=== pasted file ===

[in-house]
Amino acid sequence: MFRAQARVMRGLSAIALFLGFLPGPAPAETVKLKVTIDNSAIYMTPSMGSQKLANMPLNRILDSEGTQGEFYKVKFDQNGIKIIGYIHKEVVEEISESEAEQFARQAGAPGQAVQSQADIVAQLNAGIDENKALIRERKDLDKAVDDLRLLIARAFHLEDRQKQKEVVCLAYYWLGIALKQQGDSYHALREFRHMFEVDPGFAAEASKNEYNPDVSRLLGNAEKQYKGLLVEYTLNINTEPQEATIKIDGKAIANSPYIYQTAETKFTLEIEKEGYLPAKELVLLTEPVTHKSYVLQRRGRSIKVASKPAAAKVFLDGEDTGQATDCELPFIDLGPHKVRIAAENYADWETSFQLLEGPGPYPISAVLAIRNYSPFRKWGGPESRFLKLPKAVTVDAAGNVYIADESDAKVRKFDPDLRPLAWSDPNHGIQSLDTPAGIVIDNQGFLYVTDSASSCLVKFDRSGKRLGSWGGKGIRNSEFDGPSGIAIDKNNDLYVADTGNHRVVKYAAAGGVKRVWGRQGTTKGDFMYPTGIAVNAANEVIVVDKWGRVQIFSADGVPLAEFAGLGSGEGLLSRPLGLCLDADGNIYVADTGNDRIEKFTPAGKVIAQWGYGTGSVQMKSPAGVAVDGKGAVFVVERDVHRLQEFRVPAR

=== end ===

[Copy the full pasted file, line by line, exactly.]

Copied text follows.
[in-house]
Amino acid sequence: MFRAQARVMRGLSAIALFLGFLPGPAPAETVKLKVTIDNSAIYMTPSMGSQKLANMPLNRILDSEGTQGEFYKVKFDQNGIKIIGYIHKEVVEEISESEAEQFARQAGAPGQAVQSQADIVAQLNAGIDENKALIRERKDLDKAVDDLRLLIARAFHLEDRQKQKEVVCLAYYWLGIALKQQGDSYHALREFRHMFEVDPGFAAEASKNEYNPDVSRLLGNAEKQYKGLLVEYTLNINTEPQEATIKIDGKAIANSPYIYQTAETKFTLEIEKEGYLPAKELVLLTEPVTHKSYVLQRRGRSIKVASKPAAAKVFLDGEDTGQATDCELPFIDLGPHKVRIAAENYADWETSFQLLEGPGPYPISAVLAIRNYSPFRKWGGPESRFLKLPKAVTVDAAGNVYIADESDAKVRKFDPDLRPLAWSDPNHGIQSLDTPAGIVIDNQGFLYVTDSASSCLVKFDRSGKRLGSWGGKGIRNSEFDGPSGIAIDKNNDLYVADTGNHRVVKYAAAGGVKRVWGRQGTTKGDFMYPTGIAVNAANEVIVVDKWGRVQIFSADGVPLAEFAGLGSGEGLLSRPLGLCLDADGNIYVADTGNDRIEKFTPAGKVIAQWGYGTGSVQMKSPAGVAVDGKGAVFVVERDVHRLQEFRVPAR